To better understand CHROs, Russell Reynolds turned to our proprietary database of psychometric profiles of nearly 9,000 executives, and compared information on current CHROs against more junior human resource professionals, as well as other C-suite executives. The data shows that CHROs are unique, demonstrating psychometric traits clearly different from their colleagues.


Only a small percentage of HR professionals will ever become a CHRO. What separates these individuals from their HR colleagues?

Active mind

Relative to their fellow HR professionals, CHROs have more active minds. Rather than simply work with the ideas and models that helped them in the past, they continuously seek out new ideas and insights. They also possess a keen independent streak that allows them to embrace emerging, and sometimes even disruptive, practices.

Reading people and situations

HR professionals at all levels deal with people day in and day out, but CHROs go above and beyond in how they interact with individuals from across the organization. Relative to their colleagues, CHROs read people and situations more actively and with clearer understanding, and are quicker to change their approach, behavior, or talking points based on the needs of a specific situation. This is undoubtedly aided by their incredibly active mind.

Systematic planners

The decisions made by HR have a long- lasting impact on the organization. They influence who joins, who leaves, and how well people perform while in role. CHROs recognize that their actions can have significant repercussions across the organization. As a result, they are organized and systematic in how they plan, and proactive in how they approach their work. They are naturally deductive thinkers, constantly connecting the dots between multiple parts of the business and between multiple issues, and able to think several steps ahead practices.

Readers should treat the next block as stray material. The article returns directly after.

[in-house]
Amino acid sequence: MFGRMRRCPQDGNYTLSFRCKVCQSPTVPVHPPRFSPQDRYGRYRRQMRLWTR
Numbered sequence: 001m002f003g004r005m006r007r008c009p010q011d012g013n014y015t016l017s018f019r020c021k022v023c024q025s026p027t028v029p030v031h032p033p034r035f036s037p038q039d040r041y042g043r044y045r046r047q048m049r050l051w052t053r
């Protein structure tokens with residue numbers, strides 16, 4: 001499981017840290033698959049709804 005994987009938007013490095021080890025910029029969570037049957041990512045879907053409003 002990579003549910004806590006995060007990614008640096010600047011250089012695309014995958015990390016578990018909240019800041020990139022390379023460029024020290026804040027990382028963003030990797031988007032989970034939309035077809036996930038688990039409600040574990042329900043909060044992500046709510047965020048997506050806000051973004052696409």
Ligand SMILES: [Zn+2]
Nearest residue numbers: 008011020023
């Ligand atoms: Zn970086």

HR professionals deal with a diverse array of constituents and stakeholders throughout their career, including essential partnerships with business unit heads and those who lead other functions. Once an HR professional rises up to the CHRO spot and enters the C-suite, they have the added challenge of finding their place on the executive team. Based on an analysis of CHROs and other CxOs, it is clear that CHROs have unique psychological traits that they bring to the table.

Independence of Thought

As mentioned earlier, CHROs have active minds. They are stronger deductive thinkers than their peers; constantly seeking out new ideas, and connecting dots between various parts of the organization, between different people, and most crucially, between different opportunities. They read people and situations well, and can develop a clear-eyed assessment of what is really going on. Notably, they possess an independence of thought that is especially valuable in the C-suite, reducing their likelihood of falling victim to groupthink.

Practical Empathy

Not surprisingly, as the member of the executive team most focused on people, CHROs are naturally more caring, more sensitive, and more supportive than their fellow leadership team members. They are naturally more responsive to “people problems” in the organization. They can bring to debates and discussions an especially valuable understanding of how a specific decision or action will be interpreted by the workforce, and what the impact will be on morale and retention.

Stabilizing Influence

Lastly, and perhaps most importantly, CHROs are a stabilizing influence on the executive team. These are individuals who have spent their careers dealing with heated, emotional situations, and they understand how to make people feel listened to and engaged with. CHROs have some of the strongest active listening skills among members of the C-suite, making them especially valuable sounding boards and advisors within the senior ranks.


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